It’s called astigmatism – no, it’s not a disease.
So all those years I was supposedly “frowning” (especially in high school and undergrad), it was just because my cornea deals with light differently – basically, light rays are prevented from meeting at a common focus so I squint at the slightest hint of light.
It took 20 odd years before I could understand the condition and get help – I had always thought I had beautiful, shattered glass-like brown eyes and my sight was impeccable! Apparently, I was wrong (about the latter).
“I don’t need a pair of glasses,” I retorted, when the optometrist first suggested I’d need to wear glasses henceforth. But then she added that it would be coated with AR. “Just fix it,” I said, reluctantly accepting the solution (I mean, AR sounded cool).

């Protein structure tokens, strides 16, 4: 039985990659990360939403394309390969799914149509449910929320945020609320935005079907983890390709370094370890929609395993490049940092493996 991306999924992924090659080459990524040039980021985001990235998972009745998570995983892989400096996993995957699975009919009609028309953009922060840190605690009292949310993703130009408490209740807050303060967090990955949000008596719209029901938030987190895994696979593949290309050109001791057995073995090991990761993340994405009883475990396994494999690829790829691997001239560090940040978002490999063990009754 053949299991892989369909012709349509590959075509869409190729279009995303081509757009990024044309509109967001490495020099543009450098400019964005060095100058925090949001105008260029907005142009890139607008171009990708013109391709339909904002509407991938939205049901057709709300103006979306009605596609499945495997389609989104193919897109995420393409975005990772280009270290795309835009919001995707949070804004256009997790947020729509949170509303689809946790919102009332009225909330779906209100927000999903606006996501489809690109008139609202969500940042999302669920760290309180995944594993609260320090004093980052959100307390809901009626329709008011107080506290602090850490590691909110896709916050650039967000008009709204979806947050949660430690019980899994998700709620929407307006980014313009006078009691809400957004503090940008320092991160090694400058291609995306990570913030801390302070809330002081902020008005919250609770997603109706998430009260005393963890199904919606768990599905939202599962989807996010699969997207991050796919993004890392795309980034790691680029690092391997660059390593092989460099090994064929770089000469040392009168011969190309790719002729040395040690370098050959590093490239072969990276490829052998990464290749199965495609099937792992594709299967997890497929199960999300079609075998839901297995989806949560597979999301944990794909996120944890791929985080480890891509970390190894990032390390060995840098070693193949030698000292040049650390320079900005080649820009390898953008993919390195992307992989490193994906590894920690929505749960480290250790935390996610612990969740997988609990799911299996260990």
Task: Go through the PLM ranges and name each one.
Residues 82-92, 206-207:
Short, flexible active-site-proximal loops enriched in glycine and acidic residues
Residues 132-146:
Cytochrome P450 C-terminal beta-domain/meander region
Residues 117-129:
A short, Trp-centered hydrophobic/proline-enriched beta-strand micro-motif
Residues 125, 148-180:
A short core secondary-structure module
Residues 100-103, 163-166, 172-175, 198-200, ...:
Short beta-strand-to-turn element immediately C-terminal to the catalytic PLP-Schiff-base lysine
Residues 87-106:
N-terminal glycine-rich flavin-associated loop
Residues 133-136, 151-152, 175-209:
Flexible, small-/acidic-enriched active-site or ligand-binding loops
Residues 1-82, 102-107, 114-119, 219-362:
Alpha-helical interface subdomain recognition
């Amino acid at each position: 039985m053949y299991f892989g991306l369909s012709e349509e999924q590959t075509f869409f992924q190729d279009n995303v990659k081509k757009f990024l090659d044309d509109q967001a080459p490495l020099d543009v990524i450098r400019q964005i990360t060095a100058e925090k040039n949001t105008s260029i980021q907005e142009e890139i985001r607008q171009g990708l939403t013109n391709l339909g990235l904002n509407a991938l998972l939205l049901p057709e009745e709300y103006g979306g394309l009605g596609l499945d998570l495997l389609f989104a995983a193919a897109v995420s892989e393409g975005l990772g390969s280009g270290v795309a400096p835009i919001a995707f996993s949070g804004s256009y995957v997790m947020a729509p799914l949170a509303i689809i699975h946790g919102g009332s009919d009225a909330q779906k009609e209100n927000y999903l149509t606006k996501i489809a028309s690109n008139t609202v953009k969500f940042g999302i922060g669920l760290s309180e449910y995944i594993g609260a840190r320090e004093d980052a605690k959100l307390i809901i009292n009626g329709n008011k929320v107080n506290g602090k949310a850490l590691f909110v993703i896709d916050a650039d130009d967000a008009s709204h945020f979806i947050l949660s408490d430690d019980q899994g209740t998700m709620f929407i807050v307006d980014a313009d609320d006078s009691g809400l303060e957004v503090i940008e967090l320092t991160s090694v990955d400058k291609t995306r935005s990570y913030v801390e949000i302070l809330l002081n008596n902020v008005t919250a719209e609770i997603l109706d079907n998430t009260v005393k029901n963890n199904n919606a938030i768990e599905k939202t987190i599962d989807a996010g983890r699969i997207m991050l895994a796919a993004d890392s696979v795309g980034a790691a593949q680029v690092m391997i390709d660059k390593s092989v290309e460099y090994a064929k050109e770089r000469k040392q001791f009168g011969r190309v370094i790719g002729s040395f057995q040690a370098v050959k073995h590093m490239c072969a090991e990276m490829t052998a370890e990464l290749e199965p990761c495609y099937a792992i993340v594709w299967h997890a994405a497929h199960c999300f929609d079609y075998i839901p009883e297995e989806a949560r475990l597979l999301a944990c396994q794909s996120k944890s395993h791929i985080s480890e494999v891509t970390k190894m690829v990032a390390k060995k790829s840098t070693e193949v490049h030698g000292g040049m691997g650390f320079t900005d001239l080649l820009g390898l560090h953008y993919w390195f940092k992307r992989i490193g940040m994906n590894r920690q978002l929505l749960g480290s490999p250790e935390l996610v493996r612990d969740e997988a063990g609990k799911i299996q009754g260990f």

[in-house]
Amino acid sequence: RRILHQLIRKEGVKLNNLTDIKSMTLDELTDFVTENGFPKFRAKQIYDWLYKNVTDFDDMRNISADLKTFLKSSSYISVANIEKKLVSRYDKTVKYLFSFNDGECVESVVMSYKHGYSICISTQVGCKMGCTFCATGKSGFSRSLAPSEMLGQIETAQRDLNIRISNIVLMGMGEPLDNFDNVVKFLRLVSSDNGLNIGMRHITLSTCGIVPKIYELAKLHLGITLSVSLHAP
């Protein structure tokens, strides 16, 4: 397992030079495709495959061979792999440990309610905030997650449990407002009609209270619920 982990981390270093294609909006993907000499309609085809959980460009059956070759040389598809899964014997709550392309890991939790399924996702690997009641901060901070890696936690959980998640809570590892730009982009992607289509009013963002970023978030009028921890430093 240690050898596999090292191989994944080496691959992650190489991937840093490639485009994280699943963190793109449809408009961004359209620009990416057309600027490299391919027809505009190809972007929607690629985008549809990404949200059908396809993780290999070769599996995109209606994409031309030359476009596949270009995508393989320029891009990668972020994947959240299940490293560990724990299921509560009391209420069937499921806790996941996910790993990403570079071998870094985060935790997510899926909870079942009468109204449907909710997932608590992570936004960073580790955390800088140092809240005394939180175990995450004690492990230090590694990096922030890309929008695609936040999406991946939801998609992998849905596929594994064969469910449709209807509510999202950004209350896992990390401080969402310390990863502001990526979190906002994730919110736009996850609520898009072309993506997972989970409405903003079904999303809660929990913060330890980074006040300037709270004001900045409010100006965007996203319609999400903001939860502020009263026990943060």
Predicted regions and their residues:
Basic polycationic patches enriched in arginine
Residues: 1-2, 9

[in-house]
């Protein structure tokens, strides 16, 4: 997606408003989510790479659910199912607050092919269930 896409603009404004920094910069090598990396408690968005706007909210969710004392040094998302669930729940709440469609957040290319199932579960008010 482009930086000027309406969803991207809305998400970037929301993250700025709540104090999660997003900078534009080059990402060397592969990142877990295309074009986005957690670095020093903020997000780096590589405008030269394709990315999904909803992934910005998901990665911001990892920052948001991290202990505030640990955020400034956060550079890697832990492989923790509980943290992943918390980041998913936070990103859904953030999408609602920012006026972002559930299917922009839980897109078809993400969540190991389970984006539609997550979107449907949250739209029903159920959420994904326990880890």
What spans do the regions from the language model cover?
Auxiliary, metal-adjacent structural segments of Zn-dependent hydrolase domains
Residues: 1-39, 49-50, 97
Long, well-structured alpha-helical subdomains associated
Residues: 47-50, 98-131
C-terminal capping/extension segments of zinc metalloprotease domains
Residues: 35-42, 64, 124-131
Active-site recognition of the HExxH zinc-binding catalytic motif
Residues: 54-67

You see, change is hard. But once I could relate with change, it became easier to accept.
It is only natural for most people to remain in their comfort zone. But for others, it takes longer, or even a lifetime, to figure out why they should change what they do, feel, or say about things in life and business. However, what’s important is not when they change but that they change. And the first step towards that is to acknowledge faults/weaknesses/vulnerabilities or whatever it is, and understand that though it’s not easy, it is possible to change for the better – although the onus is on “change agents” to sell the idea of possibility, but that’s a story for another day.
One school of thought says, when we take cognizance of how long it took for us to change, we understand why it might take longer for us to change people…I guess that’s not debatable. So i’ll stop here before I digress.
Bottom line: We get better when we understand. We open up. We move forward. Move forward on that issue, today!